Opinion

An icon, an era

An icon, an era

A cultural icon who straddled multiple disciplines with ease, Ruma Guha Thakurta passed away in Kolkata on Monday, aged 84. Over a six-decade film career, Thakurta was a part of some seminal Indian cinema. Her initiation into the arts happened when she trained as a dancer under the acclaimed Uday Shankar at his Almora academy. Thakurta eventually moved to Bombay where she gained immediate eminence. Her debut as an actress had already happened by then, though. When she was just about 10 years old, she starred in Amiya Chakravarty’s Jwar Bhata (1944), which also marked the debut of Dilip Kumar. She went on to work with some of the biggest names in Indian cinema including Tapan Sinha (Nirjan Saikate, 1963), Tarun Majumdar (Palatak, 1963), Sunil Bannerjee (Antony Firingee, 1967) and, of course, Satyajit Ray. With Ray, she collaborated on Abhijan (1962) and Ganashatru (1989).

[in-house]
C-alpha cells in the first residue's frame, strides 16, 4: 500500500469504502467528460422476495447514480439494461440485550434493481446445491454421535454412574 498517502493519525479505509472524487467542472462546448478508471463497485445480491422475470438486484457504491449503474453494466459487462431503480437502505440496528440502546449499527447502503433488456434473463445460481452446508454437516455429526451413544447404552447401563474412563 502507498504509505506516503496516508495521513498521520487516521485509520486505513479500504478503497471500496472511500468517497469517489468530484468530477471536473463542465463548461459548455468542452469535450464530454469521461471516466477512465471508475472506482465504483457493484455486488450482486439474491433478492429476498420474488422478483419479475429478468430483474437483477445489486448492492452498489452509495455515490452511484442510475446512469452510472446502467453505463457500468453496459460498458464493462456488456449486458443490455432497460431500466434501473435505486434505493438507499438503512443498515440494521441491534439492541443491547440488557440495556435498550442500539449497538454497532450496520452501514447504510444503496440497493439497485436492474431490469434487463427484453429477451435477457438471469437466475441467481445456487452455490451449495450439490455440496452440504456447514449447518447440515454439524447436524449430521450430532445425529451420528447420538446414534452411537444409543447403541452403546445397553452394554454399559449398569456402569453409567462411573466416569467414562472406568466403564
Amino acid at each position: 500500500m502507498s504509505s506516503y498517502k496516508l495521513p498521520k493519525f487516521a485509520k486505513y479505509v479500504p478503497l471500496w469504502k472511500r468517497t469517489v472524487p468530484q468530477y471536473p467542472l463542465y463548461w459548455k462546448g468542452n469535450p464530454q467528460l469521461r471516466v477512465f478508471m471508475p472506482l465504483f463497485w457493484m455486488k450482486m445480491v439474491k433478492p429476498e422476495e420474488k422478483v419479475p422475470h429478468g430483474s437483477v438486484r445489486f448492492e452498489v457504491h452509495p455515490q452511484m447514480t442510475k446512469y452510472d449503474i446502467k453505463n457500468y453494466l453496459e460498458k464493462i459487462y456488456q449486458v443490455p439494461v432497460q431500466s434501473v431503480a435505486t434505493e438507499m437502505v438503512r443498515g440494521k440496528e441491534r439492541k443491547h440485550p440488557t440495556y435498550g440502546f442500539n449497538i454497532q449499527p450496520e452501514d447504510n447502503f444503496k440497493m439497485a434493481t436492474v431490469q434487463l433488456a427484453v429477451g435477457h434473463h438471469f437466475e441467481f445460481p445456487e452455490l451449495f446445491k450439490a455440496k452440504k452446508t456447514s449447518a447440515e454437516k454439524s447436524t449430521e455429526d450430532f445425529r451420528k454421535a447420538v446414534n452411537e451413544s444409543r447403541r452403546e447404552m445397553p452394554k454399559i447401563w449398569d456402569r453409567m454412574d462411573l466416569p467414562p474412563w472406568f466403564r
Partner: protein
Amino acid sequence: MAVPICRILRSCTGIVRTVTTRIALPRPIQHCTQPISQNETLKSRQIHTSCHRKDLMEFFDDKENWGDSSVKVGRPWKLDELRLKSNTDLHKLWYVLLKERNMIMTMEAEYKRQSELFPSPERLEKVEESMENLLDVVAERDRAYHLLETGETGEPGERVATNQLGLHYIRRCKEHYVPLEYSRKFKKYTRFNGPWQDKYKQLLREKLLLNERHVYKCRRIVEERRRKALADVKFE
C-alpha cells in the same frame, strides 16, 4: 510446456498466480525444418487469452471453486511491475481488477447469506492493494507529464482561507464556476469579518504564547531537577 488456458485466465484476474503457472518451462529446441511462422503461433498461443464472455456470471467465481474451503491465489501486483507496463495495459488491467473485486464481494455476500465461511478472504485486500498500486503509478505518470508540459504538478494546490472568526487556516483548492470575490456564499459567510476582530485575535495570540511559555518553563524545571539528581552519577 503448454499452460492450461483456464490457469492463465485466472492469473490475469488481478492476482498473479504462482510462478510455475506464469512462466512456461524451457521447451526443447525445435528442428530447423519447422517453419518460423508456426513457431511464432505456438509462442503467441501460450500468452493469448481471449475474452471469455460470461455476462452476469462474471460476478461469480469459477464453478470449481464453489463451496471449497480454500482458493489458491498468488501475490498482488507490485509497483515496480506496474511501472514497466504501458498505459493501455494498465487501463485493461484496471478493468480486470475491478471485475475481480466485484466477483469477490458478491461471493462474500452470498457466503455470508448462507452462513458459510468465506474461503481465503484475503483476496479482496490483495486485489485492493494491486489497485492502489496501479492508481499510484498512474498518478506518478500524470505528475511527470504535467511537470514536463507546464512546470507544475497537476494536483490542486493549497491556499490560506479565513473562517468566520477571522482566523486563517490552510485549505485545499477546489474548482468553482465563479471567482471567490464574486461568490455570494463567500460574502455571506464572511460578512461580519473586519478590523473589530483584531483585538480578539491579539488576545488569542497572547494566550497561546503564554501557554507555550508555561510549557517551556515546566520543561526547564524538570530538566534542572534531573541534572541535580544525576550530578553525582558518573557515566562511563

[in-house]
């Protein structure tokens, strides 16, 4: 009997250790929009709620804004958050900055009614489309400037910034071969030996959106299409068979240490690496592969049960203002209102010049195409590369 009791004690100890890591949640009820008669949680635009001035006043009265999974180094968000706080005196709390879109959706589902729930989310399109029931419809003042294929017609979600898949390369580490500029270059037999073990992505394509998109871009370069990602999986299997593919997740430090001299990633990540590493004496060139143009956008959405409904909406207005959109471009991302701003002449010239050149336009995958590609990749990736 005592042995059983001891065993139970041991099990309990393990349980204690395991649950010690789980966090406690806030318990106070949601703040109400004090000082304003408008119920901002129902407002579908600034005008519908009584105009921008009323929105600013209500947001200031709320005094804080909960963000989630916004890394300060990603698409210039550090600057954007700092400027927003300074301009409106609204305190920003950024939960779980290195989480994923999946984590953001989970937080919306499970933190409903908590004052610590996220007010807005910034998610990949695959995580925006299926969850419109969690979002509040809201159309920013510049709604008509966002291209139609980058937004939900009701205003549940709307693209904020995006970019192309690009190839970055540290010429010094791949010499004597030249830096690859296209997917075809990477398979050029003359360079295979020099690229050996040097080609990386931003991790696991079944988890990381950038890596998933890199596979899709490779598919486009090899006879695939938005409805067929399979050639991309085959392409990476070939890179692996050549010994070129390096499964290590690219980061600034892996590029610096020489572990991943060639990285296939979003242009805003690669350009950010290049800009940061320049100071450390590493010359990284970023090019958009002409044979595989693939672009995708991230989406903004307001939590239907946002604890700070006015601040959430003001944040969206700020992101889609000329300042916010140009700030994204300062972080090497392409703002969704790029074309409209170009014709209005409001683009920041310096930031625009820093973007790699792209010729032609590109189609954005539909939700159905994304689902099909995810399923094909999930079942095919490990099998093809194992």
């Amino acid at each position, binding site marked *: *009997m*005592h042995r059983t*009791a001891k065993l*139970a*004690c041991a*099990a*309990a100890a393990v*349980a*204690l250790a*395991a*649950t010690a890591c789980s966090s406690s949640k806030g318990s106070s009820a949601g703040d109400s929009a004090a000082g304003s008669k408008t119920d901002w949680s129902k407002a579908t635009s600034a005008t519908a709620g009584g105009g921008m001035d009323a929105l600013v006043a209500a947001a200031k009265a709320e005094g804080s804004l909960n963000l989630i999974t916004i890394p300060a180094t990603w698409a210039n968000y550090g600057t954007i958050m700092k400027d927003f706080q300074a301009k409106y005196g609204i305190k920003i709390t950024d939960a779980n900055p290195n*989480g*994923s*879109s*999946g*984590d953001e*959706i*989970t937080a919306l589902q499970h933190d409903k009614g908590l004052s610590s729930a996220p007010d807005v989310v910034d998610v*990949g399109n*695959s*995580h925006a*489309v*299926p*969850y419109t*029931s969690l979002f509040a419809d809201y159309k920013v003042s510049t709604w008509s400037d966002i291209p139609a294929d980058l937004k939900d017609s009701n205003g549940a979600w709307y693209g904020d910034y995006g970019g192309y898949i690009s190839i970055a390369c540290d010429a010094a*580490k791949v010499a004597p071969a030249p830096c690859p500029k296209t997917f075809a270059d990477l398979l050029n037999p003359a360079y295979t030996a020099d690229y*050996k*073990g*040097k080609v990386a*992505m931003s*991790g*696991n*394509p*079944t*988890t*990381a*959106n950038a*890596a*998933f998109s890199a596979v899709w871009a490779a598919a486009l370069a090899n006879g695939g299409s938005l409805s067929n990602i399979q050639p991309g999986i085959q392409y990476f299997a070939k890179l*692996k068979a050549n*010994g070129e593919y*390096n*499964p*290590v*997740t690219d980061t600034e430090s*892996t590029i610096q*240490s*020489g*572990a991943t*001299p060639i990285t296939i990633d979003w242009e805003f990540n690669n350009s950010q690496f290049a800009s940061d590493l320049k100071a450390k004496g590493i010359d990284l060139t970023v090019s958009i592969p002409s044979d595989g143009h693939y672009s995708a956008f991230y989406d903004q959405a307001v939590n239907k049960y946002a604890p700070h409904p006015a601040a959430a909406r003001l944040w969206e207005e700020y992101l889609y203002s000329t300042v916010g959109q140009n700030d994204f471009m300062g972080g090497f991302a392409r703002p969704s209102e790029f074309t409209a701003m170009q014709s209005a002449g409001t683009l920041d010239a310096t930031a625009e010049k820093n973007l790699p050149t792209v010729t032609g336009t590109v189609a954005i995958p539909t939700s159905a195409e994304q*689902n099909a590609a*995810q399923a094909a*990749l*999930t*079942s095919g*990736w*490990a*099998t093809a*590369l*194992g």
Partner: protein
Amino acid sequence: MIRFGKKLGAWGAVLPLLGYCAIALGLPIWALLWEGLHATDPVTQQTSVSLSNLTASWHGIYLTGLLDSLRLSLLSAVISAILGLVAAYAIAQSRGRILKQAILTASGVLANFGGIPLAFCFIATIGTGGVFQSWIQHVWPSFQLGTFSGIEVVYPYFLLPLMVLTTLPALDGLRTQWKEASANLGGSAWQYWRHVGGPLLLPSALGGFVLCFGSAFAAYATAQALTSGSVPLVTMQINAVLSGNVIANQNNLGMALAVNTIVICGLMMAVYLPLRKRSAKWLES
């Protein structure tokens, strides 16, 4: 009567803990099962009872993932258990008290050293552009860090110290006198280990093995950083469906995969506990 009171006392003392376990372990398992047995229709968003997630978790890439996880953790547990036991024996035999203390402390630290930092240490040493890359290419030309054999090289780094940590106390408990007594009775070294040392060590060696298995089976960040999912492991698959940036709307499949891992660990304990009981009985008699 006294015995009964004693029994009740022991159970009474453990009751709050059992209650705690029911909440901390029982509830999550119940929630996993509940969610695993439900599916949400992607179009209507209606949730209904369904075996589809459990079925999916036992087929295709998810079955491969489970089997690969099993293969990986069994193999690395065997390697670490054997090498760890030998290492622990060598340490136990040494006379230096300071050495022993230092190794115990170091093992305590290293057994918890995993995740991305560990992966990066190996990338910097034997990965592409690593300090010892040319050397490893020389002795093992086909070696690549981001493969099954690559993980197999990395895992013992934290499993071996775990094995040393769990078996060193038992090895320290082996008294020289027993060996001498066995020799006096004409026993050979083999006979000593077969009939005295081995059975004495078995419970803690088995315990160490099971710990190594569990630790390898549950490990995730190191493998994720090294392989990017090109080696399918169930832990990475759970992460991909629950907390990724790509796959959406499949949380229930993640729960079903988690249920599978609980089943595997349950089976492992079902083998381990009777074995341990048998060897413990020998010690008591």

A remarkable facet of Thakurta’s ouevre has been her versatility. In contemporary parlance, she would be an exceptional “multi-tasker”. Around the time she was establishing her legacy as an actor, she was also creating a reputation as a successful playback singer. From Kamal Majumdar’s Lukochuri in 1958, featuring two popular duets with Kishore Kumar, who she married, to Dilip Roy’s Amrita Kumbher Sandhaney in 1982, Thakurta made her presence with her melody too.

Thakurta did not confine her interest in music within the movie industry. She left an indelible mark on the cultural landscape of Calcutta as co-founder of the Calcutta Youth Choir, along with Salil Chowdhury and Ray, in 1958. The Choir, helmed by Thakurta, soon gained acclaim for its performances: From performing in Dhaka at the first anniversary celebrations of the Bangladesh liberation to receiving Nelson Mandela when he visited India and welcoming Fidel Castro in the early-1990s. Thakurta leaves behind a rich history and an extensive body of work that is sure to resonate for long.